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At-Home Activity: Gratitude

Published April 24th, 2020

 

Gratitude can be anything from the counting of small blessings, to a full remembering and naming of all the forms of life that connect us. At Wild Earth, we encourage children to share gratitude from their hearts, for whatever feels authentic to them. Often they offer thanks for foods they love, for their warm beds, for friends, and for the family and caregivers who support them. I always wish we could capture those moments to share with families, so you’d know how appreciated you really are!  

 

In the 1990s, an elder named Chief Jake Swamp of the Mohawk people at Akwesasne shared the Haudenosaunee peoples’ practice of gratitude with the wider world.  You can see his children’s book, Giving Thanks: A Native American Good Morning Message. You may also wish to read this pamphlet called Thanksgiving Address, put together by John Stokes, David Kanawahienton Benedict, and Dan Rokwaho Thompson, including the original Mohawk language and translated into many other languages from around the world.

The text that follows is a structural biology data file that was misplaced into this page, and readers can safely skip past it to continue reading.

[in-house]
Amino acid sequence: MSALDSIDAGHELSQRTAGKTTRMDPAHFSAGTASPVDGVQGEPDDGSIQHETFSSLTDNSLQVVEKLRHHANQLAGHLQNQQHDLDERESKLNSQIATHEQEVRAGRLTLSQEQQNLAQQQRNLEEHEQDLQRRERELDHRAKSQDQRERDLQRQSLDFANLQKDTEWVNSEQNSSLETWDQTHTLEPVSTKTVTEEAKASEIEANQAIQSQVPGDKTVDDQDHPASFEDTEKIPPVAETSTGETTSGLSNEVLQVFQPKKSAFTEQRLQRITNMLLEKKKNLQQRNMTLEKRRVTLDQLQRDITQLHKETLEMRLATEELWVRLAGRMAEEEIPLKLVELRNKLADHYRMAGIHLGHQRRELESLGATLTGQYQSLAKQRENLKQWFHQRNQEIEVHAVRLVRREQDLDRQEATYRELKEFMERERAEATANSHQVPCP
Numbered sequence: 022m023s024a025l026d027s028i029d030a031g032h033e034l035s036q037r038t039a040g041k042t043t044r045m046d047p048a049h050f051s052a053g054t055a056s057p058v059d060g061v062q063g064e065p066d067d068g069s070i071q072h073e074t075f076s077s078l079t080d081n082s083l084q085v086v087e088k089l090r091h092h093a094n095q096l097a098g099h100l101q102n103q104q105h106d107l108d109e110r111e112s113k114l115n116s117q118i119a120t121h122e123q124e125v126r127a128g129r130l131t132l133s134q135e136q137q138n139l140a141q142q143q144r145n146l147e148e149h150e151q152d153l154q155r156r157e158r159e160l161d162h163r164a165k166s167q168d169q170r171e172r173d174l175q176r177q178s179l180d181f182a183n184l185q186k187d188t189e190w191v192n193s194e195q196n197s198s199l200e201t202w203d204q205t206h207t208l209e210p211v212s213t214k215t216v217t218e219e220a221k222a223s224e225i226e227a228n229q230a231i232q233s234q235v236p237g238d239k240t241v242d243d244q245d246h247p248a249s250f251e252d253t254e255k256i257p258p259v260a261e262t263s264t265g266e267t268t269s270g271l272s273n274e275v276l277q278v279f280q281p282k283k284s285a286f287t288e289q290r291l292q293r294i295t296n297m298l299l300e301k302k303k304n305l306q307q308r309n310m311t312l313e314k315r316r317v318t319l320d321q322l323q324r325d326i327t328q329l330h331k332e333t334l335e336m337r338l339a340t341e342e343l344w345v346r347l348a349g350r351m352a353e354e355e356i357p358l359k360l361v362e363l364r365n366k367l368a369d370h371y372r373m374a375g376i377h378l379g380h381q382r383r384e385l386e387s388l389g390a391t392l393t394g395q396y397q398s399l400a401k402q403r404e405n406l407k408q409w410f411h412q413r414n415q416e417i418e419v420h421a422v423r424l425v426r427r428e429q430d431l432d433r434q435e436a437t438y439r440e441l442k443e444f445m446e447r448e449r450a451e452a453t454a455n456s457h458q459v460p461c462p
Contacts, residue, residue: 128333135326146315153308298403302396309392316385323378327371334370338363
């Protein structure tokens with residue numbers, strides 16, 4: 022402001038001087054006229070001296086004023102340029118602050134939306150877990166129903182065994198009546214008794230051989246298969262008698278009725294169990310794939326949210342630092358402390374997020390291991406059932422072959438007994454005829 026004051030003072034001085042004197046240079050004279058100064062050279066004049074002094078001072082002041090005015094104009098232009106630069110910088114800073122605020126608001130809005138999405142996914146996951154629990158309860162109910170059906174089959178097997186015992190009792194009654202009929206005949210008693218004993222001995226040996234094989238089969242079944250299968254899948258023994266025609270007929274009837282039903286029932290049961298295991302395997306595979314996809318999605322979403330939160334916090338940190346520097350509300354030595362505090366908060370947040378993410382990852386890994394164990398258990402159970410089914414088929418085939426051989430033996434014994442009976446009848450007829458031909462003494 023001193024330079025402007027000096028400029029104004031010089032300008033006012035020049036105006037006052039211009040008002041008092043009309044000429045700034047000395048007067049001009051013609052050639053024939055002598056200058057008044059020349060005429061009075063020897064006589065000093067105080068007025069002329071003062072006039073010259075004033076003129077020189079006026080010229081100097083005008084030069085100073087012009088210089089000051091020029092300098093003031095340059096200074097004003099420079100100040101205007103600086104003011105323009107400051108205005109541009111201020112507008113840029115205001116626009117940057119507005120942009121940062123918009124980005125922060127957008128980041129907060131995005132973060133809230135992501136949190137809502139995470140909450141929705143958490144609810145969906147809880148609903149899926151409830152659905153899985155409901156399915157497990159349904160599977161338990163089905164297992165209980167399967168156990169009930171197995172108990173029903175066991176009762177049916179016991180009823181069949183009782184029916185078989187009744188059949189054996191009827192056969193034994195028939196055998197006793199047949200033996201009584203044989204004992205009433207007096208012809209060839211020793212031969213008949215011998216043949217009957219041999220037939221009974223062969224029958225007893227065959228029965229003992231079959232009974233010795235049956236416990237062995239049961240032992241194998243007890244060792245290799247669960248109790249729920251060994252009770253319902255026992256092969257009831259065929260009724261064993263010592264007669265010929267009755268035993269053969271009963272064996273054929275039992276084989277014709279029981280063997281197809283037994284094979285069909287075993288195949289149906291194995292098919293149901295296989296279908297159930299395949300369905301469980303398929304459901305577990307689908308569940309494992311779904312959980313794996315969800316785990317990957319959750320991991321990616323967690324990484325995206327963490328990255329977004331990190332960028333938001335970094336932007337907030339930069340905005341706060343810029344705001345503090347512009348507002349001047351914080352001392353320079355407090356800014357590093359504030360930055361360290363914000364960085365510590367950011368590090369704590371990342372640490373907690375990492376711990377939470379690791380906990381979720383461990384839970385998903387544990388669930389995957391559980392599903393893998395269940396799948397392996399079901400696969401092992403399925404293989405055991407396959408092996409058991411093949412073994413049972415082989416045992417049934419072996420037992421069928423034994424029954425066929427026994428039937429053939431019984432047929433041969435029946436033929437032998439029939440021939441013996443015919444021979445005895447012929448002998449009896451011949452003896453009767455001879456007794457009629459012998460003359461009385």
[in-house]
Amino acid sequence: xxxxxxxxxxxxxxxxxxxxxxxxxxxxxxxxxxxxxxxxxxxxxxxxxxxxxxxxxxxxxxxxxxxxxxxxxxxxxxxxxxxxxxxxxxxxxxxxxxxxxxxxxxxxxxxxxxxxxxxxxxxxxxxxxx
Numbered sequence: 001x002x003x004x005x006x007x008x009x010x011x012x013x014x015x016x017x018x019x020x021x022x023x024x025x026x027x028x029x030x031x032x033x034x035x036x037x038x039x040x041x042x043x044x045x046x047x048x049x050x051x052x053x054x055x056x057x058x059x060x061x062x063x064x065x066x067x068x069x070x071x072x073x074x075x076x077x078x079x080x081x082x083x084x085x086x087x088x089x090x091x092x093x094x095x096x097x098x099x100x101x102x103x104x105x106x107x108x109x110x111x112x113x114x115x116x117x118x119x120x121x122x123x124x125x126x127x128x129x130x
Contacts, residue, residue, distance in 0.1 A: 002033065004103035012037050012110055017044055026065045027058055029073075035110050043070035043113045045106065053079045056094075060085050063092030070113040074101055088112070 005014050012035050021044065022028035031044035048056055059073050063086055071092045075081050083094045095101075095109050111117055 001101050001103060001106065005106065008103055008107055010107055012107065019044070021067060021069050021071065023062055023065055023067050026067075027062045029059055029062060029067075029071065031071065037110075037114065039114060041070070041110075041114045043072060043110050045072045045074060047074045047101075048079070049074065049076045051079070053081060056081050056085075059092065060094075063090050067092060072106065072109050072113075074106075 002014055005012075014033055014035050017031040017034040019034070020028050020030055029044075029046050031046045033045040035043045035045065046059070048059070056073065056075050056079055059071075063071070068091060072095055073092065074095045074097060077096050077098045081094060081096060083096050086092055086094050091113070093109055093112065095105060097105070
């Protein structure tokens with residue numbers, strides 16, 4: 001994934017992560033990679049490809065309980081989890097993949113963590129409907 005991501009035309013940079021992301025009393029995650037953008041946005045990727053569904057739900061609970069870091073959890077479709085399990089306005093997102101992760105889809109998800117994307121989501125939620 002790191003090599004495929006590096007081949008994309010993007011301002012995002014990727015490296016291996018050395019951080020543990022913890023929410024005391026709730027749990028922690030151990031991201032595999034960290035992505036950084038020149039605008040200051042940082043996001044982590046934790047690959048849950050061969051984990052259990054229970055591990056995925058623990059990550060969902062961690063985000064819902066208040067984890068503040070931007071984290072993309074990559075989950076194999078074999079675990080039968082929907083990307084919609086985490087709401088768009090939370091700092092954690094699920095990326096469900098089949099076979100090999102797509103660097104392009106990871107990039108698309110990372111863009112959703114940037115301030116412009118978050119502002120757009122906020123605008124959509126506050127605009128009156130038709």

Wild Earth has been inspired by Chief Jake Swamp’s message, along with those of many other Indigenous and earth based peoples. In making gratitude part of our practice and culture, we seek to begin restoring balance among communities who care for the earth.       

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Alisha Mai McNamaraAlisha Mai McNamaraAlisha Mai McNamara, Programs Director

Mai grew up in southwestern CT, where she spent her days clamoring across barnacled boulders lining Long Island Sound, and capturing crickets to feed to her leopard frogs. She studied acting at Emerson College and graduated from Hampshire College with a self-designed B.A. in ecosystem mimicry agriculture and community circus theater. Alisha Mai has run nature-immersion programming since 2008, with Vermont Wilderness School, the Institute for Natural Learning, Wolftree Programs, White Pine Programs, and most recently, Wild Earth. Mai enjoys working with girls and teens, and incorporating physical play into her programs. She draws upon her background in theater and circus to create zany and magical experiences in nature. Alisha Mai is certified in Wildlife Track and Sign (Level II) through CyberTracker, and is a Wilderness First Responder. She teaches vinyasa yoga and aerial silks, and studies at Circus Warehouse in Queens. More about Alisha Mai's work.

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